While an intense experience in itself, taking the Trans-Siberian from Moscow to Vladivostok, or perhaps Beijing, won't offer you a fuller picture in regards to Russia. Not unless you decide to make a few stops along the way. They'll make your trip more comfortable and the scenery easier to take in. Even if you only stop for Baikal lake, it will still be worth it.
Kazan, 12 hours and 800 kilometers from Moscow
The city of Kazan lies on the Trans-Siberian's southern route, so if you intend to visit, make sure your train stops in the Kazan station. If you're not in a hurry, you can take the 082 train that goes from Moscow to Irkutsk. If you'd like to reach your destination quicker, choose a fast train (about 8 hours of travel time). Tatarstan's capital, Muslim, safe and clean, Kazan makes for an interesting stop, full of worthwhile sights and a nightlife to boot.
Ekaterinburg, 1 day and 1800 kilometers from Moscow
A city most famous for its industry, Ekaterinburg can be reached after 32 hours of travel by train. It's situated in the Ural Mountains and gained fame due to its architecture and organized crime in the 1990s. Far from a den of evil today, Ekaterinburg is a safe place to visit, a city that offers sightseeing and nightclubs similar to the ones in the country's capital.
Novosibirsk, 2 days and 3300 kilometers from Moscow
48 hours away from the capital or 24 from Ekaterinburg, this city is Western Siberia's capital, a hub for scientific research and industry. Although the architecture is new, Novosibirsk carries a charm of its own, a concrete entity rising from the Siberian taiga. The city is bordered by a lake and a vast, sprawling forest. Akademgorodok, a former secret Soviet base is also in the neighborhood and is now open to visitors.
Altay Mountains, 2 days and 3600 kilometers from Moscow
Novosibirsk offers access within the Altay Mountains and Barnaul, which is only 3 hours away by both train and car. Bernaul is welcoming to tourists and travelers can go on long treks in the mountains or perform other activities, like rafting. Campsites are peppered along the way for visitors' comfort.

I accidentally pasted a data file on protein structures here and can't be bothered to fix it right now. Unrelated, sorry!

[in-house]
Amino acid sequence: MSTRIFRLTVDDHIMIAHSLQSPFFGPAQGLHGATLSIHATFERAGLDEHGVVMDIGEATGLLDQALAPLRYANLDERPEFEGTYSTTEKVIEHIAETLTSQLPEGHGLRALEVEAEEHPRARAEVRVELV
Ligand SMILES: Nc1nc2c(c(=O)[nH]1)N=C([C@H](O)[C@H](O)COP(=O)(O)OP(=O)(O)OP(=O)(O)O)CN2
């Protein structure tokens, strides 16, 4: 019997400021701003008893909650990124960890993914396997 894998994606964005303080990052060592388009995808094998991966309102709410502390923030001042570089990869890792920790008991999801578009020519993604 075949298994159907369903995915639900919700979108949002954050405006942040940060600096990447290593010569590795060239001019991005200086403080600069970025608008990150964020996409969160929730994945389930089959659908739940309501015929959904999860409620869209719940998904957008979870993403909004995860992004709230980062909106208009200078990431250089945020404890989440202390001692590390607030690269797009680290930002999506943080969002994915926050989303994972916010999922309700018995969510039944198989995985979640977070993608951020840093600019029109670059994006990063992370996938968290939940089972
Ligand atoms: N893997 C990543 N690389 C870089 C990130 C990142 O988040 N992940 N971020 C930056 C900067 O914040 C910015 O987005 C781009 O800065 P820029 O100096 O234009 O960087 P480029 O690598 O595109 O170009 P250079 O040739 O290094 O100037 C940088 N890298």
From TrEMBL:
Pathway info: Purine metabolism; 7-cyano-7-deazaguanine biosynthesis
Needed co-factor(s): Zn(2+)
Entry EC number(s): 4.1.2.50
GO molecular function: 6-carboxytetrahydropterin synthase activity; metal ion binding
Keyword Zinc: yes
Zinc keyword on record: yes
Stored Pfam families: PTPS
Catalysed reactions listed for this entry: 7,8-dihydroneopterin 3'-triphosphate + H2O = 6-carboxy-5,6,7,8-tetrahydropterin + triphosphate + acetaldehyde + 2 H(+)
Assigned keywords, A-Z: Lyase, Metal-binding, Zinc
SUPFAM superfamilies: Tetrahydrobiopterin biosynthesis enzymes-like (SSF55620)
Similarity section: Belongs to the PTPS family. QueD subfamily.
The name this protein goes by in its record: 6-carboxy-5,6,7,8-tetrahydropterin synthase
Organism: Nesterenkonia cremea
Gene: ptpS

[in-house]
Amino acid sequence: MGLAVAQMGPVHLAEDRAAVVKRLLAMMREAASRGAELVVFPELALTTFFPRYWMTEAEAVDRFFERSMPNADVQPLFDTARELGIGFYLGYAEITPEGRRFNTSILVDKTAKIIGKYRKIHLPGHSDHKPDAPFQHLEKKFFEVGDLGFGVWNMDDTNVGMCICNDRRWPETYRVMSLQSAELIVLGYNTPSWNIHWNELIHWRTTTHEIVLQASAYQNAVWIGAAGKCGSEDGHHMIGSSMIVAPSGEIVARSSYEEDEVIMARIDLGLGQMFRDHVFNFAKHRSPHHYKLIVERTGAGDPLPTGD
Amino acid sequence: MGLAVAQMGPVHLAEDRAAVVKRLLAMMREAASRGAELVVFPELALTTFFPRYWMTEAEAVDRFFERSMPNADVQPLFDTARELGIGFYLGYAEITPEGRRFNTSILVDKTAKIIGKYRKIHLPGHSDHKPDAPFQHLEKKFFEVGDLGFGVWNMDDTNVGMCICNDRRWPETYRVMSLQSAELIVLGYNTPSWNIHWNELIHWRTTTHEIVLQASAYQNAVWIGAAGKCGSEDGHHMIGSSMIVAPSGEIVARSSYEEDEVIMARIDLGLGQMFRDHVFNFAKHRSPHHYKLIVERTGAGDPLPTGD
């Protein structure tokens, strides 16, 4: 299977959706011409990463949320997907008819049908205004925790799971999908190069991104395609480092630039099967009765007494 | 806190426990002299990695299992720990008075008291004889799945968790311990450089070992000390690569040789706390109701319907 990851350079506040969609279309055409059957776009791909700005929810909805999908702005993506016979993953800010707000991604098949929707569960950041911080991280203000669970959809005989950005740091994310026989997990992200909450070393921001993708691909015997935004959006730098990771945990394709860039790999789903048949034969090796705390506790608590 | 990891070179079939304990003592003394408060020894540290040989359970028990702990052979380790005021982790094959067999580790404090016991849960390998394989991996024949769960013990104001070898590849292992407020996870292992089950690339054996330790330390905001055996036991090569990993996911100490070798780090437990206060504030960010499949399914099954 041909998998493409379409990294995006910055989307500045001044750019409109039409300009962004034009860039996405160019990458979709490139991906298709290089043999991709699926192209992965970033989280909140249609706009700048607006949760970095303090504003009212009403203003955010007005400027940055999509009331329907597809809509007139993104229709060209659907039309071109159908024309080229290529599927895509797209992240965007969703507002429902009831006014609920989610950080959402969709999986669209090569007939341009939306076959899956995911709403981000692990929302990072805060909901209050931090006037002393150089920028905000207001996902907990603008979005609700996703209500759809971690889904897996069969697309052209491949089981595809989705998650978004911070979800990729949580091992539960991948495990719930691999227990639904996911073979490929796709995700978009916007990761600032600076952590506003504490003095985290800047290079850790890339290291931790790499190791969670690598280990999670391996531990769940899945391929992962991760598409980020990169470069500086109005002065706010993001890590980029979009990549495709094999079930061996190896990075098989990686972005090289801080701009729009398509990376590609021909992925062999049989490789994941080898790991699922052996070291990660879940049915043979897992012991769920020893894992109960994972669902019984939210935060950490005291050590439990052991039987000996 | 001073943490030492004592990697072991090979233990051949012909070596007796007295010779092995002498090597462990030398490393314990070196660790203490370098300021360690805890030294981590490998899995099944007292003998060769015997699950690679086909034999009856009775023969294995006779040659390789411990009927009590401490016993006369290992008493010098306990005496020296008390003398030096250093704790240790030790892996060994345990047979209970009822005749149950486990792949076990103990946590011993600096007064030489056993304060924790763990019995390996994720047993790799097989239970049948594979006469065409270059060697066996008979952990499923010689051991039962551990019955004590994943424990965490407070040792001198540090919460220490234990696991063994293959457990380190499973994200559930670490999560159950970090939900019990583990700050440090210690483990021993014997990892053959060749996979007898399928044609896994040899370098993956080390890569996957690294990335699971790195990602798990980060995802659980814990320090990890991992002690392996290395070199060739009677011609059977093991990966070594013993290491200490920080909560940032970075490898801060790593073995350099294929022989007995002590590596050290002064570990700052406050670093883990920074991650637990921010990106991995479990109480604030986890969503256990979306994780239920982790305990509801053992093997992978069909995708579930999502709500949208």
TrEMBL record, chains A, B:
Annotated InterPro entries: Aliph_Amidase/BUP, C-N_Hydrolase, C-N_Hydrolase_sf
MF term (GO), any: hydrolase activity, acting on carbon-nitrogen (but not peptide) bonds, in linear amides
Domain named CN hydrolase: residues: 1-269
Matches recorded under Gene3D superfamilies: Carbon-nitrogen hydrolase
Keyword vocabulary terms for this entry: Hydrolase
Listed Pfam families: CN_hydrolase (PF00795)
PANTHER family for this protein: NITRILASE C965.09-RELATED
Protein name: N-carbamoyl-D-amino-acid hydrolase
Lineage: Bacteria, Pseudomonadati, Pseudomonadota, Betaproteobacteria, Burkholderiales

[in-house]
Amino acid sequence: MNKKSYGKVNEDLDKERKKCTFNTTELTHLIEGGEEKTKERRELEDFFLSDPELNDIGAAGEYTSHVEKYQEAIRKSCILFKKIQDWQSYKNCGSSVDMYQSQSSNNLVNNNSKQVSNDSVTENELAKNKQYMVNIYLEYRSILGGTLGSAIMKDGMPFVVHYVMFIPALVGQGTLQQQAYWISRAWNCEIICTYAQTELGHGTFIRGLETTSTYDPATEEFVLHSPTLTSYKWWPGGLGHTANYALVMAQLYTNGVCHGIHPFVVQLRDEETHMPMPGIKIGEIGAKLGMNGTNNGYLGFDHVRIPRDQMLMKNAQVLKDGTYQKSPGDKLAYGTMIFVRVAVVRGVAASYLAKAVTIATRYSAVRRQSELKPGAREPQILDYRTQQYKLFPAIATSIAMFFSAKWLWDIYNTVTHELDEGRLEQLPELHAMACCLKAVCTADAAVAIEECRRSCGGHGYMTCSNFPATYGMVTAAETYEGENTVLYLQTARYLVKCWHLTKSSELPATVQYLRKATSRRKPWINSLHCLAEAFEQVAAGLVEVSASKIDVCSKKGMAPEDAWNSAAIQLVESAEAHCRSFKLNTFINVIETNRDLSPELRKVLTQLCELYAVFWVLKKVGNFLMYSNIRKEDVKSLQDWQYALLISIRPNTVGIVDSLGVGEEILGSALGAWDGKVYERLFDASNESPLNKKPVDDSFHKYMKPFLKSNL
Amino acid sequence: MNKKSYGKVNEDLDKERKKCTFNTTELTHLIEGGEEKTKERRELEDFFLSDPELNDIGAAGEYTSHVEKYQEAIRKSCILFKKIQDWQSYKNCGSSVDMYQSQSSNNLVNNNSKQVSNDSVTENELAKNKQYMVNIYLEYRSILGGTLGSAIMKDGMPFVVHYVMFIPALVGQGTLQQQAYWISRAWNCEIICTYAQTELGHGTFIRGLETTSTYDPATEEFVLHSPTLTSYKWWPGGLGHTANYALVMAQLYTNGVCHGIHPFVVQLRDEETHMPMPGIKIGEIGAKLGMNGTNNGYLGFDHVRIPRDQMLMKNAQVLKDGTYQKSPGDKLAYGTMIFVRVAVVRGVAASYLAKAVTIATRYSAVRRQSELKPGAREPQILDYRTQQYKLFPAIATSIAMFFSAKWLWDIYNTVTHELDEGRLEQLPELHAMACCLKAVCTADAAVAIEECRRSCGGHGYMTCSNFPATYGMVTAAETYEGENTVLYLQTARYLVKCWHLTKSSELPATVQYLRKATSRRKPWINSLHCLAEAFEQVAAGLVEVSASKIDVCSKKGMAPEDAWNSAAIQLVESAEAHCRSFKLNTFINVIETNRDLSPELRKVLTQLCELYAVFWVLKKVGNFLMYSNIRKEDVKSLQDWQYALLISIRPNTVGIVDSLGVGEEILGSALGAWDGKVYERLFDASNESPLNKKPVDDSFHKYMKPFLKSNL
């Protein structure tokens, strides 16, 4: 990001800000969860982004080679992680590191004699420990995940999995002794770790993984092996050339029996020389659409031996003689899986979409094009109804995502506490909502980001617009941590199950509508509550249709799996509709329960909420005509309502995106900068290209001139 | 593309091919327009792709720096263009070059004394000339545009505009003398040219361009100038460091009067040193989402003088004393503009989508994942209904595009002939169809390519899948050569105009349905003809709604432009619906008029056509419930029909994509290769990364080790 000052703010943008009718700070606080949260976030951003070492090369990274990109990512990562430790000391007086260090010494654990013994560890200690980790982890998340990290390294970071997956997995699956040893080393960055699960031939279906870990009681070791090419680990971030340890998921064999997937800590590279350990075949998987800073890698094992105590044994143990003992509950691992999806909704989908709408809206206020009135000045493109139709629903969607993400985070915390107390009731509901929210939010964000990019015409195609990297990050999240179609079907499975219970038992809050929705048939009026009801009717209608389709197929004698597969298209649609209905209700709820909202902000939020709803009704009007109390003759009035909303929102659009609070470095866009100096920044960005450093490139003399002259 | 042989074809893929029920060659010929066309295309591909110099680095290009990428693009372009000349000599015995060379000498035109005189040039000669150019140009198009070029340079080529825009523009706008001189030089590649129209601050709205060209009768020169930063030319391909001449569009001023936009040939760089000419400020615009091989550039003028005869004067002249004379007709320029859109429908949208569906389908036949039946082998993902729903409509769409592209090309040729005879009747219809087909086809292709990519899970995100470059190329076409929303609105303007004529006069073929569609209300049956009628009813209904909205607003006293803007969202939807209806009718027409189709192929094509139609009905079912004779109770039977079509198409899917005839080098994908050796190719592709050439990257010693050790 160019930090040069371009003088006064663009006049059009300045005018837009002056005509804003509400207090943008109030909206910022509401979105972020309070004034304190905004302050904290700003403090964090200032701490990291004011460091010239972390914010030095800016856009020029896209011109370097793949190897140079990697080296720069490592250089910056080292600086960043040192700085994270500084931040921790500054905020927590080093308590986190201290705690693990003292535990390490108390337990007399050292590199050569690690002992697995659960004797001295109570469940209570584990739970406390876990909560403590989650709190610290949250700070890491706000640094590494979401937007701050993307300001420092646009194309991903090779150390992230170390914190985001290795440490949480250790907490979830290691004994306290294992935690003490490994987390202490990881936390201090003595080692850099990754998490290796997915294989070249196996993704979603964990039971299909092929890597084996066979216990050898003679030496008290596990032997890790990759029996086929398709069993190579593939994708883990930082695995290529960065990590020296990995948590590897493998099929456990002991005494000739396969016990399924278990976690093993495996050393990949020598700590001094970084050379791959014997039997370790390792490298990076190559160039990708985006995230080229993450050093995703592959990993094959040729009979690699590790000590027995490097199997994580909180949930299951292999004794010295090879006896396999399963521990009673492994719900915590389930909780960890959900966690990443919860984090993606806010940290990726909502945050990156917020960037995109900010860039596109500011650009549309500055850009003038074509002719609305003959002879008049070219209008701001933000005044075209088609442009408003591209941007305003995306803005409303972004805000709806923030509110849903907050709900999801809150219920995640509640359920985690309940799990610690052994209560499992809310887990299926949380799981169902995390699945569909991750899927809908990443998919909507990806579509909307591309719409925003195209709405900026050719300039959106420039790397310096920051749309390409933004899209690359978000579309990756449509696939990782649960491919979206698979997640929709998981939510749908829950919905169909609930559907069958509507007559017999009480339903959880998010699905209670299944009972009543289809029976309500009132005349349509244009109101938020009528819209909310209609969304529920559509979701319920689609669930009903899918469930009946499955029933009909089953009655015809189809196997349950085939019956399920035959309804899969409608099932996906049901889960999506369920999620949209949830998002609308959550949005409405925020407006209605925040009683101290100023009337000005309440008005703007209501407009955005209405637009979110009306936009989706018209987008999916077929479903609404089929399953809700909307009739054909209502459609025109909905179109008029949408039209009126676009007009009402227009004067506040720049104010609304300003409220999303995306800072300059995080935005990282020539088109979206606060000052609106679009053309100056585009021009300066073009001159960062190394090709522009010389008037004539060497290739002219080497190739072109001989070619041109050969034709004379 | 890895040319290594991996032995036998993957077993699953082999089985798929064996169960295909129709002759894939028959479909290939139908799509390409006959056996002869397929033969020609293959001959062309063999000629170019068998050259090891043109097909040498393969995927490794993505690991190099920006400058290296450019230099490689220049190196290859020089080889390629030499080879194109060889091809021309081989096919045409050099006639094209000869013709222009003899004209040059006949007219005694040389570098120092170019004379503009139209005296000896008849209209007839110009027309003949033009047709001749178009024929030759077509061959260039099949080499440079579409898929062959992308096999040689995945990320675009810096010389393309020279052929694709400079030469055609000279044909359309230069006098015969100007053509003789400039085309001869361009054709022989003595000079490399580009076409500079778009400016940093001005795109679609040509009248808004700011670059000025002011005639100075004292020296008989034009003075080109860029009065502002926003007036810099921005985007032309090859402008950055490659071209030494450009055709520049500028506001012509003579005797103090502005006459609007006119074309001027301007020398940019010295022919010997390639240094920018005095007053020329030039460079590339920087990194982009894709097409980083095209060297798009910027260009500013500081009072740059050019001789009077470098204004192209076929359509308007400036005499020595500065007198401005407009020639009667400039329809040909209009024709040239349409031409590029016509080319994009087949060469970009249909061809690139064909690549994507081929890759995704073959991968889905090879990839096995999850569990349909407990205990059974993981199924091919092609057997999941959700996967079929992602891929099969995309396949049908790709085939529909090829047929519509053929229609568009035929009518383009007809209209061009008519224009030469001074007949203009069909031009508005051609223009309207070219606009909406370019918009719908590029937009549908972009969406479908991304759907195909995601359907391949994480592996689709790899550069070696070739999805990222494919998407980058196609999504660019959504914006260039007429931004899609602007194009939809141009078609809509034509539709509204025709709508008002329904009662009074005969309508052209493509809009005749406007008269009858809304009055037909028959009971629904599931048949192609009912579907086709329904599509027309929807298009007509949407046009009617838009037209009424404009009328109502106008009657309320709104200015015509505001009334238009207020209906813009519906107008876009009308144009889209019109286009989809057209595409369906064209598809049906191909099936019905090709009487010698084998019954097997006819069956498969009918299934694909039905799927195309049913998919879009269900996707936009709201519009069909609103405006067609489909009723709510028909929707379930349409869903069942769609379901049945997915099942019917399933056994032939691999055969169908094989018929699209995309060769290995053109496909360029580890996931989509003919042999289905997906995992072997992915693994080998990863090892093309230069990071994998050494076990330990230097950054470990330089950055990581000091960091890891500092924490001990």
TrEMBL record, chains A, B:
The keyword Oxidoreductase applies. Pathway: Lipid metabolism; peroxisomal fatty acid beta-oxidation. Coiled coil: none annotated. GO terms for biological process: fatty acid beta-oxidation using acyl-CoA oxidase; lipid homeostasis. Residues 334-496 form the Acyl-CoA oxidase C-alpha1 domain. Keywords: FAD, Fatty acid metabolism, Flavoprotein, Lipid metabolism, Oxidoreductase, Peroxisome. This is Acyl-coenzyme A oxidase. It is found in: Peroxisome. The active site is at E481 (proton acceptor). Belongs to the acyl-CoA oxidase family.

Krasnoyarsk, 3 days and 4000 kilometers from Moscow
Farther away from the capital, Krasnoyarsk rests around the Enisey river and its strong, quick Siberian currents. The Enisey and its course make for great scenery and are, in themselves, worth the stop. The city is also an attraction for many rock-climbers but is also ideal for camping in its natural park. From there you can head to the Tuva republic and meet the few mountain shamans left.
Irkutsk, 4 days and 5100 kilometers from Moscow
Closer to Vladivostok and Beijing than to Russia's capital, Irkutsk is the main hub bordering the Baikal lake. The city itself carries a rather rural aspect to it and is mostly devoid of attractions. From it though, one could take a bus to the settlement of Listyanka, on the lake's shore and enjoy touristic activities, or travel to Olkhon Island for a doze of Eastern Russian charm.
Baikal Lake, 4 days and 5200 kilometers from Moscow
A main priority stop if crossing Russia, the Baikal is the largest freshwater lake on Earth. Bordered by Irkutsk and Alan-Ulde, the Baikal is great for both touristic endeavors and spiritual journeys. The majestic surroundings are bound to recharge your batteries after a long trip.
Alan-Ulde, 4 and a half days and 5600 kilometers from Moscow
The capital to the Buddhist republic of Buryatia, Alan-Ulde has an overall Asian vibe to it. Even though you've been traveling through the geographical region of Asia for quite some time now, this city is the first to show it. With friendly locals and the eastern shore of the Baikal lake, Alan-Ulde is certainly worth the stop. Don't expect the same experience as Irkutsk though. The eastern region is more suited for the independent tourist.
Khabarovsk, 5 days and 8000 kilometers from Moscow
Sitting on the Amur river, Khabarovsk is neighbored by the Chinese border. While not very interesting when it comes to its attractions, the town is friendly enough and can offer a much needed break from the long journey eastwards.
Vladivostok, 6 days and 9200 kilometers from Moscow
The end of the Trans-Siberian journey, Vladivostok endures as Russia's main hub of the east. The blend of architecture and natural terrain makes for a fascinating sight.